Downsides of Body Modification With Tech Outweigh Any Benefits

So far, early adopters are disappointed with the failed promise of high-tech implants.

July 24, 2017 5:00 am

For those who bet on a future that melded body and tech, reality has been disappointing.

The trend of “human augmentation” with implants that would serve a yet-to-be determined purpose is rapidly fading. The implants, including computers chips and magnets, are slowly expiring—along with the high-tech dreams that once sparked them.

Body modification
Body modifiers are disappointed by the implants, like this microchip. (Getty Images)

Around 2010, body modification was trendy counterculture activity in niche circles. For early adopters—or so-called grinders—like The Verge‘s Adi Robertson, it was common to have rare earth magnets surgically implanted into their fingers. But since then, Robertson has found the advantages of such an implant, which were mostly limited to cool party tricks like picking up a bottle cap, weren’t worth the problems in the long run. Likewise, she couldn’t get an MRI and would often accidentally wipe her hotel key card.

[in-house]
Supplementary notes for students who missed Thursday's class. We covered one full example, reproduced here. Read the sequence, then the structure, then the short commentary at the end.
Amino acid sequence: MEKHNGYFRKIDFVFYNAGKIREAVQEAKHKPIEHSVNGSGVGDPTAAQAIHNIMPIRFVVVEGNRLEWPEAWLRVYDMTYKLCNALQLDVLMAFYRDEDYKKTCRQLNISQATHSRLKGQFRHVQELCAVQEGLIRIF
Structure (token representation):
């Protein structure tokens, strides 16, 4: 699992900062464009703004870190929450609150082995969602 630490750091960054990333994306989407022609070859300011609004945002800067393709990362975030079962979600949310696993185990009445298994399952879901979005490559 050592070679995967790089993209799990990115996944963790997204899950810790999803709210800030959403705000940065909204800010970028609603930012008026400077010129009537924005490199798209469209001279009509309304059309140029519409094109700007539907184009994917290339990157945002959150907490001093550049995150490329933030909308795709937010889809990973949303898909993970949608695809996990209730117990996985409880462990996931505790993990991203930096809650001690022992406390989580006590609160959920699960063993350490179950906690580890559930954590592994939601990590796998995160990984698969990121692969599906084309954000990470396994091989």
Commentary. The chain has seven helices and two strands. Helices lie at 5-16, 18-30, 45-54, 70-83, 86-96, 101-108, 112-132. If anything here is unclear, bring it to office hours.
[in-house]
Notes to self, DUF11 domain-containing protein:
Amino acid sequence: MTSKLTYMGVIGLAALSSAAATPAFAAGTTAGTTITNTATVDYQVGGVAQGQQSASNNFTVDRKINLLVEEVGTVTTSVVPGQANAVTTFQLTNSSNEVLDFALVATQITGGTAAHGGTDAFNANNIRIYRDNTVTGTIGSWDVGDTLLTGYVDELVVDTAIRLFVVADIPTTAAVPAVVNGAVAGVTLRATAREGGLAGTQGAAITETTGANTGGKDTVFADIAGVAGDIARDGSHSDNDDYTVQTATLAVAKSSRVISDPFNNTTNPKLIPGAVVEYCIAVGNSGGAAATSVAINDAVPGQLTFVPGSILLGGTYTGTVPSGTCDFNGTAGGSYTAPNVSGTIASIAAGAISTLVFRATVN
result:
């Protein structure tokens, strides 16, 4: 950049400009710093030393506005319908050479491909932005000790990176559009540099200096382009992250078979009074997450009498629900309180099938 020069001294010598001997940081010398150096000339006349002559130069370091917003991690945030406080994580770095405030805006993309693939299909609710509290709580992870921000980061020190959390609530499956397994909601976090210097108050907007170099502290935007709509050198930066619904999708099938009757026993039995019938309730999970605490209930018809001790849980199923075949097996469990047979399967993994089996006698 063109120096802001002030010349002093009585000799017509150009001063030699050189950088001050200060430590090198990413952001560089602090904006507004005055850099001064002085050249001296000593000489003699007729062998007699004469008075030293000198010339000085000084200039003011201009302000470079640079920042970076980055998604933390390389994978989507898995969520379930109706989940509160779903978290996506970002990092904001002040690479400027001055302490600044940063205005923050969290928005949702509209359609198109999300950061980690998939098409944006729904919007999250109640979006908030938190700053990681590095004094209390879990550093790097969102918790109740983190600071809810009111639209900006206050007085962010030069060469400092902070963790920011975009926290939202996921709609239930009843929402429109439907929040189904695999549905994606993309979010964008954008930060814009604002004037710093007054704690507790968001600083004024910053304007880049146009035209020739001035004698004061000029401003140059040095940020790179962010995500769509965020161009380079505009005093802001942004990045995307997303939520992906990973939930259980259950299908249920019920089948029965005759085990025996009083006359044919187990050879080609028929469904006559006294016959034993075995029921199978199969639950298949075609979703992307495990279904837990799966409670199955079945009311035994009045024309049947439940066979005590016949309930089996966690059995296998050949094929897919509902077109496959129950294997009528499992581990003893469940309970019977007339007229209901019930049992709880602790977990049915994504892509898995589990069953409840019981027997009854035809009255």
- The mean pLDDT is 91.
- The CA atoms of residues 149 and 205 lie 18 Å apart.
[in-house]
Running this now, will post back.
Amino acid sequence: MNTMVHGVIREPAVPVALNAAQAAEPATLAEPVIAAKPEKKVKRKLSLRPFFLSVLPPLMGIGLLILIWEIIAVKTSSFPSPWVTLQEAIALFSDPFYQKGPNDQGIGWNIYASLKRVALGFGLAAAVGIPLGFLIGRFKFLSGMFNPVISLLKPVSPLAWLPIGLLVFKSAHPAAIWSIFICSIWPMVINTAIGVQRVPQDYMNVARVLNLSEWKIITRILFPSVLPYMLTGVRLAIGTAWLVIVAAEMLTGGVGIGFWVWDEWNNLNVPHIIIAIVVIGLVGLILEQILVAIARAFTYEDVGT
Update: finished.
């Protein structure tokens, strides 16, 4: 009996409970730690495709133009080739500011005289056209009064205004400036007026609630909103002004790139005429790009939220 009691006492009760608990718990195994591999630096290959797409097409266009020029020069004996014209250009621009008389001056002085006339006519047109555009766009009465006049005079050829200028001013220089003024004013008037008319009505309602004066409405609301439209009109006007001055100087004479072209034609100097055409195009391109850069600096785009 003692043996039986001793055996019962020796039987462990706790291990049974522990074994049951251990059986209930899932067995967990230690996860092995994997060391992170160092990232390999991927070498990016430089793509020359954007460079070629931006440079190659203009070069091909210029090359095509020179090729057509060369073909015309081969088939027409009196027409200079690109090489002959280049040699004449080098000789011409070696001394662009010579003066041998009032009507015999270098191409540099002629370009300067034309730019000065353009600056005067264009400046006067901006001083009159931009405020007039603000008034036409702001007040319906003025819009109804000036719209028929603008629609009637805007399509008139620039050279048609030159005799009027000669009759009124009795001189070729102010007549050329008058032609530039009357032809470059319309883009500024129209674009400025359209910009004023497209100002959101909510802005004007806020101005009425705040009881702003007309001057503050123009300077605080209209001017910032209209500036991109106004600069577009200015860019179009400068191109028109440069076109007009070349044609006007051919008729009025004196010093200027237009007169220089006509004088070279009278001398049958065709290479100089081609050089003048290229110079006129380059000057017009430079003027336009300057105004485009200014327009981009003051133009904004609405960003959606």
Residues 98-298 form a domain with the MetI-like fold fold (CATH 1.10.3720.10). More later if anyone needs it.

Her experience isn’t unusual. Plenty of people that took part in the self-modification trend were disappointed to find that their implants didn’t prove useful or that they expired quickly.

As a result, it’s become more likely that body modification will have a hard time competing with tech wearables like exoskeletons and smart glasses, which have the advantage of being less invasive and more easily renewable.

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